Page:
Key Elements of a Successful Transition

The Strategic Planning Participants developed a consensus document that highlights the key elements that lead to successful transition outcomes for students with MDVI (Multiple Disabilities and Visual Impairment). They are divided into three major areas:



Who is involved?

Photo of man with hearing aids and glasses speaking to another man in canteen.


  • Involve the target person; identify person's   preferences and abilities.
  • Involve the family.  Include siblings and extended family.
  • Involve the community from the beginning of planning.
  • Assure that plan fits well with community.
  • Engage with village leaders and government representatives to get their commitment and support.   

For an example of the target person being involved in the planning process, see Prabakaran and the way in which his dreams shaped his future.


Quality of Life

Photo of Indian girl with colorful yarn on her lap.

  • Make quality of life and whole life planning the center of the transition process.
  • Meaning, purposeful activity that gives the person joy is a more useful term than "employment".
  • Interdependence is valued - develop competence and skill to whatever extent is achievable for the individual.

For an example of quality of life, see Hansa's active participation in the life of her village.

Identifying Resources and Challenges

Teenage girl with hearing aids and glasses works with her mother to package curry powder.

  • Respond to challenges specific to the environment, including community, culture, languages.
  • Include job identification in process.
  • Provide a range of choices.

For an example of identifying resources and challenges, see Sathiya's story and how she and her family identified a need in the community and responded to it by creating the job of producing and selling curry powder.


  • Advocate for policies that support helping young adults achieve success
    The Disability Legislation Unit at Vidya Sagar, Chennai in India is run entirely by people with disabilities. They have advocated successfully for individual cases and also for facilities for all, such as the Public Interest Litigation for accessible public transport.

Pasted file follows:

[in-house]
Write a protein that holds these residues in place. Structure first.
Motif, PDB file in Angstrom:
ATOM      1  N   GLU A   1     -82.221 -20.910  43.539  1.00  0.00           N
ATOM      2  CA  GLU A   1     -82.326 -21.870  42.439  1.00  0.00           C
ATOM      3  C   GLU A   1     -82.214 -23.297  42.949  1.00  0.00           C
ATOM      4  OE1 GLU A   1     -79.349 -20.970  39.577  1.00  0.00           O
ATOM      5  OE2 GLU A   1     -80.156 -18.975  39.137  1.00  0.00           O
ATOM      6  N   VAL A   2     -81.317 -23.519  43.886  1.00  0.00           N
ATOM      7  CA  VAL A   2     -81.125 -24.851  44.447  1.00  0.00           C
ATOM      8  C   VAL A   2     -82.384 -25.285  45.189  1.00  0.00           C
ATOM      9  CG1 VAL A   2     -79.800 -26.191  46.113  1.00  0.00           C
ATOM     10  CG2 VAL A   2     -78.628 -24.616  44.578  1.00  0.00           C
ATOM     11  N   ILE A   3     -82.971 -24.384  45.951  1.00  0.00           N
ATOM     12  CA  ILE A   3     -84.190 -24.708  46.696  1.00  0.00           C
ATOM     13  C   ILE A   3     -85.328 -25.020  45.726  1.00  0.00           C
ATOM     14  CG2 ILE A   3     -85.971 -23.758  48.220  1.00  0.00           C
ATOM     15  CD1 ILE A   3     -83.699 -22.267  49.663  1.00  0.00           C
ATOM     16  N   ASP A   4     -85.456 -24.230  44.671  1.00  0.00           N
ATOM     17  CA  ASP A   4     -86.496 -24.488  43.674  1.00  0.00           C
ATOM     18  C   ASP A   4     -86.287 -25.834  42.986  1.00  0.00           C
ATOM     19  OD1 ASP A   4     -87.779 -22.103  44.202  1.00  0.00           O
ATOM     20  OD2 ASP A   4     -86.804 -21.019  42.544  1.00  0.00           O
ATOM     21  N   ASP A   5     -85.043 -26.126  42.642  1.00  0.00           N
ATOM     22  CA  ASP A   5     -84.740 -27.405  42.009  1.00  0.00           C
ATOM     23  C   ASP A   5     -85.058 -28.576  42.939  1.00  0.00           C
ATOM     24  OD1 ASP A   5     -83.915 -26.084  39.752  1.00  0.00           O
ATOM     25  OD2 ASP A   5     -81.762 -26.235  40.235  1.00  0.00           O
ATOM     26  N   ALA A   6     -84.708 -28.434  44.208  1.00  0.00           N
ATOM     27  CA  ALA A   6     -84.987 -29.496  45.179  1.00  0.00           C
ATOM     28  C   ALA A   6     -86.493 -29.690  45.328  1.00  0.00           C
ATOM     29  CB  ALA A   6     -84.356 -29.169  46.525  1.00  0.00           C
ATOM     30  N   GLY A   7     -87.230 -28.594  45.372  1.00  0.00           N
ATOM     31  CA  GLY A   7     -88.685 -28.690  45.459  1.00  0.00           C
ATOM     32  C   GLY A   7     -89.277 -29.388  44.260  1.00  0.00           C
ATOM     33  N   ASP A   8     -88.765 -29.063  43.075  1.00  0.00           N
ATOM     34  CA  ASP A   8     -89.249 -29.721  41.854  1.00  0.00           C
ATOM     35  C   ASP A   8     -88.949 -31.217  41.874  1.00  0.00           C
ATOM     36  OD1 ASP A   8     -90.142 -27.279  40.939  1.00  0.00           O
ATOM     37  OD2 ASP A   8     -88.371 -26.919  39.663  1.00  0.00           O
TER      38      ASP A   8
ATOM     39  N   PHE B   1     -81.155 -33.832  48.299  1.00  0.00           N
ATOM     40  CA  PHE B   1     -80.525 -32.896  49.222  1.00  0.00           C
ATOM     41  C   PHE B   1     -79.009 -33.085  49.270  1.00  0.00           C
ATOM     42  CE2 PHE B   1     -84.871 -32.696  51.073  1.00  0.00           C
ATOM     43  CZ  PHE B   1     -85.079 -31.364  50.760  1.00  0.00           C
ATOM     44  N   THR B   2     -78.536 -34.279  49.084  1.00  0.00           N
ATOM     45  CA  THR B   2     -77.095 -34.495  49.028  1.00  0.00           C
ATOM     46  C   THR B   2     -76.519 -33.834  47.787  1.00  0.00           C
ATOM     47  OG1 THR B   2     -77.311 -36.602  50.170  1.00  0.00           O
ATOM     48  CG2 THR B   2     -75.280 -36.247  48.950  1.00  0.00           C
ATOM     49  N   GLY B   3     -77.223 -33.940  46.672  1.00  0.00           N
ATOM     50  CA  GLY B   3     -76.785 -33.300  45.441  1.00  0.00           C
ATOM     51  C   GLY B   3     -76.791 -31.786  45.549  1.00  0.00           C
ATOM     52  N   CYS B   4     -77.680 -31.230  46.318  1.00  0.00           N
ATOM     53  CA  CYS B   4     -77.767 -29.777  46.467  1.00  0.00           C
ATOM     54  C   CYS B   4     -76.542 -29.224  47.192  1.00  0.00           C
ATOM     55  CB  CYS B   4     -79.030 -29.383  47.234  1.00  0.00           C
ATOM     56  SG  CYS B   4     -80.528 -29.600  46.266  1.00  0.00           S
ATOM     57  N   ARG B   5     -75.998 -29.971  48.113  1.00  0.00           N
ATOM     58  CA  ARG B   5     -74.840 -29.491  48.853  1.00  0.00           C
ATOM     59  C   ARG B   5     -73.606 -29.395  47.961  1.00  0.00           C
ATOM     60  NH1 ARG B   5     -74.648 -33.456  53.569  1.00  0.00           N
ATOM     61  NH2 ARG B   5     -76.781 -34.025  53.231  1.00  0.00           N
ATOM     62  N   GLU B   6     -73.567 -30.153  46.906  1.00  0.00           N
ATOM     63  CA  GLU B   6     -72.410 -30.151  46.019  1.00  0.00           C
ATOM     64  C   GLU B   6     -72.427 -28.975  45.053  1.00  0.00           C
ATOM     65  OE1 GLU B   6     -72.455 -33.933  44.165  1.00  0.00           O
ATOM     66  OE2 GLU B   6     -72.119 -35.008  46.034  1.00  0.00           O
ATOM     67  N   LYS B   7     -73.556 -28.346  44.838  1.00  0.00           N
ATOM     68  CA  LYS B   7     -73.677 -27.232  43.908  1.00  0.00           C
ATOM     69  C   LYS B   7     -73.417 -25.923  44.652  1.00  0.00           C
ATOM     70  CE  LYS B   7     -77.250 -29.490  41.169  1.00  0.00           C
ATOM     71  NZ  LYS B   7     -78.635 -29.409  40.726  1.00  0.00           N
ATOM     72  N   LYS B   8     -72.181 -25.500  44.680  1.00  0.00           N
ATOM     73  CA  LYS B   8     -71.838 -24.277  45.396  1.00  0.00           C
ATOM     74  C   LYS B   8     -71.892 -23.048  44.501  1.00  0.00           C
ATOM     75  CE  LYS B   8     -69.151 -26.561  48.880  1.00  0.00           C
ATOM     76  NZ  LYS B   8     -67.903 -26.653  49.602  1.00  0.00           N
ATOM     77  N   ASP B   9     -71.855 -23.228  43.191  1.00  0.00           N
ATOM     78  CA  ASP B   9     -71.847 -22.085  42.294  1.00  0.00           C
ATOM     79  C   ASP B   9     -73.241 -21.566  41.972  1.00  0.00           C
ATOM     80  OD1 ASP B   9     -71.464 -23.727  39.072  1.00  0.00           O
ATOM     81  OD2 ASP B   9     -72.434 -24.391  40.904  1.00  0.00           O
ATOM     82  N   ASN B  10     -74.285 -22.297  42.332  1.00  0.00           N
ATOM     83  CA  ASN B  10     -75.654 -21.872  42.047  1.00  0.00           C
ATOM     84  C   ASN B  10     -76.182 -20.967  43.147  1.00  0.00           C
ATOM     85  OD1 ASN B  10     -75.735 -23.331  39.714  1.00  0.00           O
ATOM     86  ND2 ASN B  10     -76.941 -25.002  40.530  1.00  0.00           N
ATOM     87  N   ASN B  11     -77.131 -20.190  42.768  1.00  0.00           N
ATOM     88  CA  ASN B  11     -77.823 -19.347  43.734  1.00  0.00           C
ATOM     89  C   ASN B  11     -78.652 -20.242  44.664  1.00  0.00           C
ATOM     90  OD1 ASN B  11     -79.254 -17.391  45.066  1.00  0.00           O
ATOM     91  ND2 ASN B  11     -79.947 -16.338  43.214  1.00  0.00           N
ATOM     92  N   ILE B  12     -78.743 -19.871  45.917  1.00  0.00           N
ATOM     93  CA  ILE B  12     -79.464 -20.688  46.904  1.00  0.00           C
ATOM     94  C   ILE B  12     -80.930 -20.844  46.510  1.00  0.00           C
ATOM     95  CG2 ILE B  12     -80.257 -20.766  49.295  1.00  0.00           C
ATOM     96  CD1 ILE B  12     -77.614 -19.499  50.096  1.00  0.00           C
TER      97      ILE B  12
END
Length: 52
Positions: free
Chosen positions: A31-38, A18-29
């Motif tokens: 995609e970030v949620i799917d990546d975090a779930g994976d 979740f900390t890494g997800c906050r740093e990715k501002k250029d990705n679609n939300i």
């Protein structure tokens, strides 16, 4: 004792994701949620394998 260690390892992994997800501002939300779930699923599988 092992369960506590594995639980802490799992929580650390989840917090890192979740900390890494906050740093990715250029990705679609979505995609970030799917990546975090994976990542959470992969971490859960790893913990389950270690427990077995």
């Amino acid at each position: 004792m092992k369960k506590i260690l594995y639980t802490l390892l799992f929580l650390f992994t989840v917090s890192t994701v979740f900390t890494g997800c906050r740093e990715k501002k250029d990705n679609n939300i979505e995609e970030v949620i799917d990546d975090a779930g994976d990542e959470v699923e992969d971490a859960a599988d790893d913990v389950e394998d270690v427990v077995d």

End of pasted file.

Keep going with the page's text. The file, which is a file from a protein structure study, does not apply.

• Empower family and student to operate whole enterprise
    Learn about how Sathiya's latest industry of curry powder is the result of planning and implementation of her family and neighbours.
  • Utilize all applicable laws and resources and schemes
    Such as The Mahatma Gandhi National Rural Employment Guarantee Act
  • Build general awareness of abilities of individuals with multiple disabilities    A gorup of women and a child sit on the floor.
  • Empower families to form networks and to initiate the transition





Program Elements

Photo of students working in the school garden in Shanghai

  • Build in follow up
  • Plan for exit upon entry
  • Focus on functional skills to support desired outcomes
  • Design program to meet the needs of the child
  • Develop a student portfolio/video to help others see student's capabilities
  • Provide structured training and support to families
  • Provide a range of choices
  • Monitor and evaluate programs

For an example of the way in which a program can focus on developing functional skills, while also providing a range of choices, see Shanghai School for the Blind.

Critical skills and competencies for students

Photo of young man using tactile sign language with a young woman.

  • Ability to communicate to make own needs and wants known
  • Ability to move about safely and purposefully in the environment
  • Self-awareness - knowledge of one's body, self care and sexuality
  • Skills that support student's successful involvement with family and community
  • Ability to make decisions and learn from mistakes, the  "dignity of risk"

For an example of the development of critical skills and competencies, see Pradip Tells His Story.